Advanced Search
MyIDEAS: Login

Brazil’S Climate Adaptation Policies: Impacts On Agriculture

Contents:

Author Info

  • Valdes, Constanza
  • Arriola, Christine
  • Somwaru, Agapi
  • Gasques, Jose Garcia

Abstract

Current climate adaptation polices in Brazil are influencing not only the choice of crops but also many agricultural practices at the farm level including changes in planting and sowing periods, use of irrigation-saving technologies, and increased nitrogen fertilization, among others. The shape and content of these adaptation policies and measures for Brazil are not limited to production agriculture, but include also conservation reserve and risk-reducing farm programs. In addition, the decades-old adaptation and management strategies for agricultural production under tropical conditions carried out by EMBRAPA, Brazil’s premier agricultural research agency, continue to play a prominent role. As Brazil is one the world’s largest agricultural producers and exporters of agricultural commodities, impacts in Brazil that may occur under different climate scenarios could have broad implications for food supply and prices worldwide. We find that farmers’ adoption of adaptation strategies could result in significant increases in agricultural productivity, changes in suitable crop growing areas, reduced vulnerability to temperature changes, and improved income generation for farmers.

Download Info

If you experience problems downloading a file, check if you have the proper application to view it first. In case of further problems read the IDEAS help page. Note that these files are not on the IDEAS site. Please be patient as the files may be large.
File URL: http://purl.umn.edu/91420
Download Restriction: no

Bibliographic Info

Paper provided by International Agricultural Trade Research Consortium in its series Proceedings Issues, 2010: Climate Change in World Agriculture: Mitigation, Adaptation, Trade and Food Security, June 2010, Stuttgart- Hohenheim, Germany with number 91420.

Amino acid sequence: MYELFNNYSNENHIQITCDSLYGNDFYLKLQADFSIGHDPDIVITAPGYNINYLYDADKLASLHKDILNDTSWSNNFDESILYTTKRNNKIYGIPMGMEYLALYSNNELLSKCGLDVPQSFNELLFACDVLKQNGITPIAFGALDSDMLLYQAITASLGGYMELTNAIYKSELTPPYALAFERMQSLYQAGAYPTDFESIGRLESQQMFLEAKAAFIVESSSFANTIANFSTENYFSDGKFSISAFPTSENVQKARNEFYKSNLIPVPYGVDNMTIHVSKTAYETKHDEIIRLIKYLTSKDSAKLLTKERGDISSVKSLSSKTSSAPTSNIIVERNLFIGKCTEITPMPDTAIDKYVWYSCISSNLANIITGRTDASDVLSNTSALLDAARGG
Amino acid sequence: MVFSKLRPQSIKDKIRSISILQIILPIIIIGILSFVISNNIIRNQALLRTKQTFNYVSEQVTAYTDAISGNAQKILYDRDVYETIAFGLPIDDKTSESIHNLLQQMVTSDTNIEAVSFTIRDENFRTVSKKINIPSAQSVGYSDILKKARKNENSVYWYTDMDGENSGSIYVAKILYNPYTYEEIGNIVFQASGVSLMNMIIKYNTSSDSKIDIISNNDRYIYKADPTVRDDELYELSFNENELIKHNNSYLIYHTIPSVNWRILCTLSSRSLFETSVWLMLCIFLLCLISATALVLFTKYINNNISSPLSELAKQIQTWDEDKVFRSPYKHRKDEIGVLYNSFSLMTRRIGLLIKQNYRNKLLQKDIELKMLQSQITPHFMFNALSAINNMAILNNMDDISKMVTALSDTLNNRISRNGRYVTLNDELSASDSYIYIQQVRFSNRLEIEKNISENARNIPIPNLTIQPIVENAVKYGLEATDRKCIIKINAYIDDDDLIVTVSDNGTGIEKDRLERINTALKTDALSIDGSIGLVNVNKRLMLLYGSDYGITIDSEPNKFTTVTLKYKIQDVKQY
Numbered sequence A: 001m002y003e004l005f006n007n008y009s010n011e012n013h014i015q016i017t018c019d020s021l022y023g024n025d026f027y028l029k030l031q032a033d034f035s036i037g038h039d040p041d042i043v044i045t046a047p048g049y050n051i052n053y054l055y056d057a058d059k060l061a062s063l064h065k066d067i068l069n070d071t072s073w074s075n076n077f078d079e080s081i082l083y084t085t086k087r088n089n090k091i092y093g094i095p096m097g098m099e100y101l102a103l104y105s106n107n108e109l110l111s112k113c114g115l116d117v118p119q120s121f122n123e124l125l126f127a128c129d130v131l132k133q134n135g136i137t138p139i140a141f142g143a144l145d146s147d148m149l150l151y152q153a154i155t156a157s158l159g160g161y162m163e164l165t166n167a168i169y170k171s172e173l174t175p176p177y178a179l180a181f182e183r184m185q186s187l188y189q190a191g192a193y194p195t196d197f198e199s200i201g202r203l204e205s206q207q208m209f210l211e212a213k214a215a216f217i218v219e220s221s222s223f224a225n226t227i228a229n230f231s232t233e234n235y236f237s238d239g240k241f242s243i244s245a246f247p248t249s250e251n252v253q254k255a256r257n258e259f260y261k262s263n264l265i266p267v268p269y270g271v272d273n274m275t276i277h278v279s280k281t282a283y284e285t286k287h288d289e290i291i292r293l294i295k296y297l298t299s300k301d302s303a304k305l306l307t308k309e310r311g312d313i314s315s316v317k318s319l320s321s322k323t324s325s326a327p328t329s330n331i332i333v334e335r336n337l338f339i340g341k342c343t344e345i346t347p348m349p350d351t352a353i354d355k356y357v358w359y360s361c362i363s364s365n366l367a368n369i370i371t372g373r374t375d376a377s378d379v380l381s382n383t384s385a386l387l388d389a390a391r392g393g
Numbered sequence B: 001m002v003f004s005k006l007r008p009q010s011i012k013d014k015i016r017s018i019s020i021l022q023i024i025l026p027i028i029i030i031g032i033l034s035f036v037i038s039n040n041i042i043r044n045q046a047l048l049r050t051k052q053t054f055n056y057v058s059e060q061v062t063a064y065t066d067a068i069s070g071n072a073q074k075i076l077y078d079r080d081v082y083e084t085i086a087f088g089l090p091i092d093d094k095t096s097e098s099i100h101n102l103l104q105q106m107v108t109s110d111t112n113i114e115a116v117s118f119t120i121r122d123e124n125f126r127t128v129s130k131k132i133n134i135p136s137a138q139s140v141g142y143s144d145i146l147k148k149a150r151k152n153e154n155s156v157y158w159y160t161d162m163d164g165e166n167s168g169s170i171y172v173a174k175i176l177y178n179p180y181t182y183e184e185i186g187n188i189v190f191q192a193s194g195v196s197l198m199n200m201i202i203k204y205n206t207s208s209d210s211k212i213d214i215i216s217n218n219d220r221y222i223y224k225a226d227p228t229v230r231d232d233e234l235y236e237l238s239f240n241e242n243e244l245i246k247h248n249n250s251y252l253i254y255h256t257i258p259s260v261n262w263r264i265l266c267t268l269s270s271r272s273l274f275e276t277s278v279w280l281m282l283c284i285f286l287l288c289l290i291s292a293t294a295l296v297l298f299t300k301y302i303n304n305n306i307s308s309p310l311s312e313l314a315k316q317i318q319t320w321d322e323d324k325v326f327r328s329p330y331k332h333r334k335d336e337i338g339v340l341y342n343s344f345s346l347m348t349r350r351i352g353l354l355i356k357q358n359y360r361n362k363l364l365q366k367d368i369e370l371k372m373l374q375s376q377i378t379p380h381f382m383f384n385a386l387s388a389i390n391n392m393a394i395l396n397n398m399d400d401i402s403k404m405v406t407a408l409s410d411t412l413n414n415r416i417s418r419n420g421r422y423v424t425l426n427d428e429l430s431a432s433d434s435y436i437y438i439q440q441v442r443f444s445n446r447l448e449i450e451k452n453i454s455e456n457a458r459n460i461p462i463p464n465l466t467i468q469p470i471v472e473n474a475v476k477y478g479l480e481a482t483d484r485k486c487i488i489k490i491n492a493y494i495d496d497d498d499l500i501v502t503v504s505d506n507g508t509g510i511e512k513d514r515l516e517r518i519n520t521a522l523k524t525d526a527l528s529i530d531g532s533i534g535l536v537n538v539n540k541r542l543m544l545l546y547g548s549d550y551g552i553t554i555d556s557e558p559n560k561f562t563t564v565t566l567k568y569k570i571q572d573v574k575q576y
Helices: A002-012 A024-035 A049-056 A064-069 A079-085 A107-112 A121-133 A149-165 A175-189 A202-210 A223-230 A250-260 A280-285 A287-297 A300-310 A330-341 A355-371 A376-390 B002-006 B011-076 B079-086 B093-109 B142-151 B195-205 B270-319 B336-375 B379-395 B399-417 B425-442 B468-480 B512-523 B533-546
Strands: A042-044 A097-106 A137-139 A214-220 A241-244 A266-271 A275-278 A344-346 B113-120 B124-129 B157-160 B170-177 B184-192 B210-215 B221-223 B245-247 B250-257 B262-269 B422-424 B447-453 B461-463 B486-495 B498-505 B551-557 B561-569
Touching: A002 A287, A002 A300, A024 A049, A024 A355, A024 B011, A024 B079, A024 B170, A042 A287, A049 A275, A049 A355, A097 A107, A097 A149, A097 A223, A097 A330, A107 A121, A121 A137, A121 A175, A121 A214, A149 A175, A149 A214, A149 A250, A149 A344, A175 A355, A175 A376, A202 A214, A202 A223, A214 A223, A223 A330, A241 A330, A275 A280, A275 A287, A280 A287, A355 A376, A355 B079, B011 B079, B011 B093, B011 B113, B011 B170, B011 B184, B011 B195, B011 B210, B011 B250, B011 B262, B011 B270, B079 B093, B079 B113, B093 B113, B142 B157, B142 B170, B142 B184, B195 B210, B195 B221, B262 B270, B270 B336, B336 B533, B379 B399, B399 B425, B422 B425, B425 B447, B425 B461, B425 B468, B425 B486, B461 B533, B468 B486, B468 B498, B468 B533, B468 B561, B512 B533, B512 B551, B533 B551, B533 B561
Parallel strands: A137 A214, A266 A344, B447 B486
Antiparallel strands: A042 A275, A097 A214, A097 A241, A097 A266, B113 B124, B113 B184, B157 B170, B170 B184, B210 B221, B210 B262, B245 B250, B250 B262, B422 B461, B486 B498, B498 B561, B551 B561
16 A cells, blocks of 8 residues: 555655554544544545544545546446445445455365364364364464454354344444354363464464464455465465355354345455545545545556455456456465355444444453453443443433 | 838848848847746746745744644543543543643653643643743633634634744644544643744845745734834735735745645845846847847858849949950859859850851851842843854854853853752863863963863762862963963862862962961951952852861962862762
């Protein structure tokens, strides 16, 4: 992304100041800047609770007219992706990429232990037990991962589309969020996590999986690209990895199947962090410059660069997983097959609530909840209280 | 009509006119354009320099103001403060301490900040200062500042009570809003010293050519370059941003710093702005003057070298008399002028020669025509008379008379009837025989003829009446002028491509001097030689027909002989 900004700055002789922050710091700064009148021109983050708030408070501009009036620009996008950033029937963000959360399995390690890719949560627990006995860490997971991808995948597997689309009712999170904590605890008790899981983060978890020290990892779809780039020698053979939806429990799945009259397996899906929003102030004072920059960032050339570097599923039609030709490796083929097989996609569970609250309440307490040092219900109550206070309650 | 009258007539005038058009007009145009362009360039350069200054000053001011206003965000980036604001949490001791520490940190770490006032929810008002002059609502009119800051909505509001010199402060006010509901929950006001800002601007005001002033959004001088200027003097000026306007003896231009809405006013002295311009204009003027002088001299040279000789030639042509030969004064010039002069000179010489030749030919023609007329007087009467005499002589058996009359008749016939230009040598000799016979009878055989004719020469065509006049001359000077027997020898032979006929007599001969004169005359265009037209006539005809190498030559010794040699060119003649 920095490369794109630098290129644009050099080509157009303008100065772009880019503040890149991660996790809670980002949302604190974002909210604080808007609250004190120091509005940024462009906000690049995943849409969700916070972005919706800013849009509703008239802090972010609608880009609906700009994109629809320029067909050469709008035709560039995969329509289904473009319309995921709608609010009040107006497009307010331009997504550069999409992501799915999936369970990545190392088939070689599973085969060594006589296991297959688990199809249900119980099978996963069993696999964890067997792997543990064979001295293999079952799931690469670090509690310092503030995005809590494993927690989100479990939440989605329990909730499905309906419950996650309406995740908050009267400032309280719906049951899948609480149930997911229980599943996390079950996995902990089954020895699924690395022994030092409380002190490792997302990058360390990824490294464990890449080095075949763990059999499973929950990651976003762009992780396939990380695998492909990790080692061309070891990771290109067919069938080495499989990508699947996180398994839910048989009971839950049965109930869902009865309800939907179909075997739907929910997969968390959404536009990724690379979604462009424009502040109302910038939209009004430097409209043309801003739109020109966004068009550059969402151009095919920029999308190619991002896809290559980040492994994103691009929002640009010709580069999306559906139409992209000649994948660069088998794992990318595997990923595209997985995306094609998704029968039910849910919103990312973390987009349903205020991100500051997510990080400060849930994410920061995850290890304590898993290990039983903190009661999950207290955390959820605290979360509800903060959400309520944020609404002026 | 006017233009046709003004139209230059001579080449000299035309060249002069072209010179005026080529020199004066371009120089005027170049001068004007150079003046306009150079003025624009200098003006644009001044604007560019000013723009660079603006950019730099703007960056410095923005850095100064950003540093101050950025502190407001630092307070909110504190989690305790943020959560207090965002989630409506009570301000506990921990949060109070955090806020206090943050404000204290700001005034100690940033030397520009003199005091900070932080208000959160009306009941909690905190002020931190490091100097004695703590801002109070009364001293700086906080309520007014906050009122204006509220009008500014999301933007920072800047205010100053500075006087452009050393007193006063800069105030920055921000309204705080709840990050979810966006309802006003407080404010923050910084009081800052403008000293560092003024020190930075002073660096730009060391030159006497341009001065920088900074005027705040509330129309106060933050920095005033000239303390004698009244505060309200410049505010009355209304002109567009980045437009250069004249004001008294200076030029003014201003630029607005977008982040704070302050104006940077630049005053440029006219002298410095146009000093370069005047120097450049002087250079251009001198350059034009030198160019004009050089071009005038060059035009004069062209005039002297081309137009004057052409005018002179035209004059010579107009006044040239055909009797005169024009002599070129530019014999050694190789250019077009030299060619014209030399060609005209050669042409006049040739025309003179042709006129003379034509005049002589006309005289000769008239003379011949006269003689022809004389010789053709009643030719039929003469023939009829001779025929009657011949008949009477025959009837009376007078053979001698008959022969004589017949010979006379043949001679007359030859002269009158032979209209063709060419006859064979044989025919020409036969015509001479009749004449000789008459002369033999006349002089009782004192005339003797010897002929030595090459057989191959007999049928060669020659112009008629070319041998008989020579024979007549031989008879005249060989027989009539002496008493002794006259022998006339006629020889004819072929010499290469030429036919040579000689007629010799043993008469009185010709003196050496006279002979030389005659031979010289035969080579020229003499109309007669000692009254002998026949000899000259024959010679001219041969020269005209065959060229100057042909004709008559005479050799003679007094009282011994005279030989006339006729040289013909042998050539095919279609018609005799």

as in new window
Length:
Date of creation: 2010
Date of revision:
Handle: RePEc:ags:iatr10:91420

Contact details of provider:
Web page: http://iatrcweb.org/
More information through EDIRC

Related research

Keywords: Agricultural and Food Policy; Environmental Economics and Policy; Resource /Energy Economics and Policy;

This paper has been announced in the following NEP Reports:

References

References listed on IDEAS
Please report citation or reference errors to , or , if you are the registered author of the cited work, log in to your RePEc Author Service profile, click on "citations" and make appropriate adjustments.:
as in new window
  1. Tobey, James A. & Reilly, John M. & Kane, Sally, 1992. "Economic Implications Of Global Climate Change For World Agriculture," Journal of Agricultural and Resource Economics, Western Agricultural Economics Association, vol. 17(01), July.
  2. Mendelsohn, Robert & Dinar, Ariel, 1999. "Climate Change, Agriculture, and Developing Countries: Does Adaptation Matter?," World Bank Research Observer, World Bank Group, vol. 14(2), pages 277-93, August.
Full references (including those not matched with items on IDEAS)

Citations

Citations are extracted by the CitEc Project, subscribe to its RSS feed for this item.
as in new window

Cited by:
  1. Somwaru, Agapi & Dirkse, Steve, 2012. "Dynamic PEATSim Model: Documenting Its Use in Analyzing Global Commodity Markets," Technical Bulletins 129359, United States Department of Agriculture, Economic Research Service.

Lists

This item is not listed on Wikipedia, on a reading list or among the top items on IDEAS.

Statistics

Access and download statistics

Corrections

When requesting a correction, please mention this item's handle: RePEc:ags:iatr10:91420. See general information about how to correct material in RePEc.

For technical questions regarding this item, or to correct its authors, title, abstract, bibliographic or download information, contact: (AgEcon Search).

If you have authored this item and are not yet registered with RePEc, we encourage you to do it here. This allows to link your profile to this item. It also allows you to accept potential citations to this item that we are uncertain about.

If references are entirely missing, you can add them using this form.

If the full references list an item that is present in RePEc, but the system did not link to it, you can help with this form.

If you know of missing items citing this one, you can help us creating those links by adding the relevant references in the same way as above, for each refering item. If you are a registered author of this item, you may also want to check the "citations" tab in your profile, as there may be some citations waiting for confirmation.

Please note that corrections may take a couple of weeks to filter through the various RePEc services.